What is it? a scribbled picture of something done in a few steps.
What’s it good for? Practice. Loosening up your drawing. Learning proportions, expressions, and how things go together.
What do you need? Pencil or pen and paper. You want to stay loose so you should have a soft pencil or medium-tipped pen. You don’t want anything scratchy or that draws a thin, hard-line. Pretty much any paper will do. Chances are you’ll be tossing the work away so don’t waste good paper.
What you keep from scribble drawing is what you learn, not what you draw. Your results may be grotesque (yes, indeedy, you can get some stra-a-a-a-nge looking critturs) or they might be really cool (yes, indeedy, you can get some really cool critturs). You might even want to scribble them in journals, with notes as reference material. But they aren’t meant to show others. They are for you. They are method, not result.
I’ve tried to explain the technique to people, but it’s difficult to explain in words. Turns out, as I did the examples for this, it’s still difficult to explain even with pictures. But hopefully, I’ll get it across.
One note: Scribble Drawing. I might be calling it by the wrong name. I learned this scribble drawing technique from a How To Draw book when I was a kid. If I google ‘scribble drawing’, I learn it’s some kind of Rorschach test, and that’s not how I use it. So maybe there’s another name for this technique that I don’t know, or maybe only the readers of that book (can’t remember the name) ever learned it (I doubt it).
Anyhoo, on to the how to…
Eventually, I hope to do a watercolor painting of my two mastiffs (gone from this world & sorely missed) when they were puppies. I have some photos of them that have water damaged, and I’m using them as reference for scribble drawing to acquaint myself with the poses and proportions and expressions of the puppies. Before I actually paint I might do 100s of these. Or I might find I only need to do a dozen or so.
This is Cedric at about 3-4 months old.
Using a soft leaded pencil I started with a rough circle that will be Cedric’s head.
Then I roughed in the muzzle and some detail. This isn’t about exact detail, more just placement and proportion.
I continue adding more of Cedric’s body…
…until I finish up by emphasing a few things I think will be important in a finished picture–where the darkest area is, some hint of the way the fur lies, roughly-the shape of the nose and the eyes.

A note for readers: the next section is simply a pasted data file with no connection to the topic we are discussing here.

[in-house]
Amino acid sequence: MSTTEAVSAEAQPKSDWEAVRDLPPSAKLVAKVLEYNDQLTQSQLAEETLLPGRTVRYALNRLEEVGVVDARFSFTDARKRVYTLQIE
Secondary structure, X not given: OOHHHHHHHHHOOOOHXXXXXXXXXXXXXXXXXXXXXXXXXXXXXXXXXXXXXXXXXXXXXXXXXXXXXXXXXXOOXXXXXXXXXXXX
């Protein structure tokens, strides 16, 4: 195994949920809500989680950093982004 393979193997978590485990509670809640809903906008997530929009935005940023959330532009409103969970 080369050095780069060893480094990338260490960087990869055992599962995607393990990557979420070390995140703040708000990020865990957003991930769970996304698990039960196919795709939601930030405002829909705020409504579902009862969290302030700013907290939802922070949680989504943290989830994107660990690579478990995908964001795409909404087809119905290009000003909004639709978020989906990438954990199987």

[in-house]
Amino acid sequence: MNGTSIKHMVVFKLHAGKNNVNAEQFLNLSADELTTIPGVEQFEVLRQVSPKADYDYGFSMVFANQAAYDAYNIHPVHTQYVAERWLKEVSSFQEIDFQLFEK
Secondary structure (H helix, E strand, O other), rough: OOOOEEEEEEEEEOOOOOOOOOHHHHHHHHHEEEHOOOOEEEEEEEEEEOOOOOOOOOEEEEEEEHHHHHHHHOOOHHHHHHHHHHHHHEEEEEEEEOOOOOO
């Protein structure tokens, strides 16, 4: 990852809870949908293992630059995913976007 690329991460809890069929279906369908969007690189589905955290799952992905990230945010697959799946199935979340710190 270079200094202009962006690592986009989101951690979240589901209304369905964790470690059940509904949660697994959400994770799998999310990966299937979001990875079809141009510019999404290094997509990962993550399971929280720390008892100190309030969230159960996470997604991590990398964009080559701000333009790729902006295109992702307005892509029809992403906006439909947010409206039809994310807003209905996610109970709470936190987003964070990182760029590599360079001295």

That’s it. Even stopping to scan this in at several points, it took me about 10 minutes. Normally, it would take 2-5 minutes depending on how large I’m drawing it.
Now I’ll do this several times until I feel I’m easily getting Cedric’s proportions and I’ve identified what makes the picture work.
Most of the sketches I’ll toss. If I happen to create something that really wows me, or tells me something, I’ll write notes and file it away to reference for the finished work.
I have some practice behind me, so my proportions usually start out in the right ball park. Yours might not. Don’t worry about it. If you keep doing the sketches you’ll get it. You might find yourself starting to develop a style as well. Just don’t get critical. Don’t tighten up–you can do that later when you are seriously trying to draw the subject. But you are less likely to tighten up after practicing this way.
You don’t have to choose a subject that you intend to do a serious work on. Scribbling things at random from either life or photos is always good practice. And it can be theraputic to crumple up the work and toss it afterward, lol.
Here are some quick scribbles I did from photos off the internet just to get the feel of a child’s proportions. I’ll alternate between these and pen & ink drawings of kids until I can easily sketch something with no reference at all. I could end up doing 100s of them,
Note with the dog, that I felt I’d made the body too small for the head I started with. I just scribbled in a new muzzle, and was happier with that proportion.
You can do anything to these. They don’t count. And that’s why they’re important.